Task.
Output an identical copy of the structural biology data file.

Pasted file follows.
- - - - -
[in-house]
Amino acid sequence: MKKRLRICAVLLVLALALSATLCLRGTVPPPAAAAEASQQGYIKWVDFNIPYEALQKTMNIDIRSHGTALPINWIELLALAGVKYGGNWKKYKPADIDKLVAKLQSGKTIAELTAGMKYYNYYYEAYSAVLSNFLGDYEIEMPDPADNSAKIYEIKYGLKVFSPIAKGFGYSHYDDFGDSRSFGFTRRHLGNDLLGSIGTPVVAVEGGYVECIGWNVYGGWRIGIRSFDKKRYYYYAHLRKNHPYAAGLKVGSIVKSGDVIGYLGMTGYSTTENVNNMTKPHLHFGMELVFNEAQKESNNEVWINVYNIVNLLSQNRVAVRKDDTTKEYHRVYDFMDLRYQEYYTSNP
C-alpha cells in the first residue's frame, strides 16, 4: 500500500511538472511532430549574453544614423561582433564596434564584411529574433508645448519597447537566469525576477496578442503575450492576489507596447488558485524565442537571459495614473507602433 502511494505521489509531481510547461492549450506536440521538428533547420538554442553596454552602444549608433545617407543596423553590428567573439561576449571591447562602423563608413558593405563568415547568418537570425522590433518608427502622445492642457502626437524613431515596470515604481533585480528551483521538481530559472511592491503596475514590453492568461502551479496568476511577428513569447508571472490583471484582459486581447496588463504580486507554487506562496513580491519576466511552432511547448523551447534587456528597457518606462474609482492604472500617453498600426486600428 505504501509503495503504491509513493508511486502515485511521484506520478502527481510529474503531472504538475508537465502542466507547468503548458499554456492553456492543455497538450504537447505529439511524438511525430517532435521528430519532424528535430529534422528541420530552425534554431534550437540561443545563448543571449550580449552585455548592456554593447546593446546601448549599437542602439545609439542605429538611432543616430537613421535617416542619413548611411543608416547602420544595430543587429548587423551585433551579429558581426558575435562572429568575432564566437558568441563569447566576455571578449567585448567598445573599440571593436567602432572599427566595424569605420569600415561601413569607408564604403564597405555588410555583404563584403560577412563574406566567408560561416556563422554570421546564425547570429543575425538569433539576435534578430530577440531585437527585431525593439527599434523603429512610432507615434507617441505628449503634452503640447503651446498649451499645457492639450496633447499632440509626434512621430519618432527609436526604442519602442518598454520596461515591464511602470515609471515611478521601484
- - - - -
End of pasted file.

[in-house]
Amino acid sequence: MKKRLRICAVLLVLALALSATLCLRGTVPPPAAAAEASQQGYIKWVDFNIPYEALQKTMNIDIRSHGTALPINWIELLALAGVKYGGNWKKYKPADIDKLVAKLQSGKTIAELTAGMKYYNYYYEAYSAVLSNFLGDYEIEMPDPADNSAKIYEIKYGLKVFSPIAKGFGYSHYDDFGDSRSFGFTRRHLGNDLLGSIGTPVVAVEGGYVECIGWNVYGGWRIGIRSFDKKRYYYYAHLRKNHPYAAGLKVGSIVKSGDVIGYLGMTGYSTTENVNNMTKPHLHFGMELVFNEAQKESNNEVWINVYNIVNLLSQNRVAVRKDDTTKEYHRVYDFMDLRYQEYYTSNP
C-alpha cells in the first residue's frame, strides 16, 4: 500500500511538472511532430549574453544614423561582433564596434564584411529574433508645448519597447537566469525576477496578442503575450492576489507596447488558485524565442537571459495614473507602433 502511494505521489509531481510547461492549450506536440521538428533547420538554442553596454552602444549608433545617407543596423553590428567573439561576449571591447562602423563608413558593405563568415547568418537570425522590433518608427502622445492642457502626437524613431515596470515604481533585480528551483521538481530559472511592491503596475514590453492568461502551479496568476511577428513569447508571472490583471484582459486581447496588463504580486507554487506562496513580491519576466511552432511547448523551447534587456528597457518606462474609482492604472500617453498600426486600428 505504501509503495503504491509513493508511486502515485511521484506520478502527481510529474503531472504538475508537465502542466507547468503548458499554456492553456492543455497538450504537447505529439511524438511525430517532435521528430519532424528535430529534422528541420530552425534554431534550437540561443545563448543571449550580449552585455548592456554593447546593446546601448549599437542602439545609439542605429538611432543616430537613421535617416542619413548611411543608416547602420544595430543587429548587423551585433551579429558581426558575435562572429568575432564566437558568441563569447566576455571578449567585448567598445573599440571593436567602432572599427566595424569605420569600415561601413569607408564604403564597405555588410555583404563584403560577412563574406566567408560561416556563422554570421546564425547570429543575425538569433539576435534578430530577440531585437527585431525593439527599434523603429512610432507615434507617441505628449503634452503640447503651446498649451499645457492639450496633447499632440509626434512621430519618432527609436526604442519602442518598454520596461515591464511602470515609471515611478521601484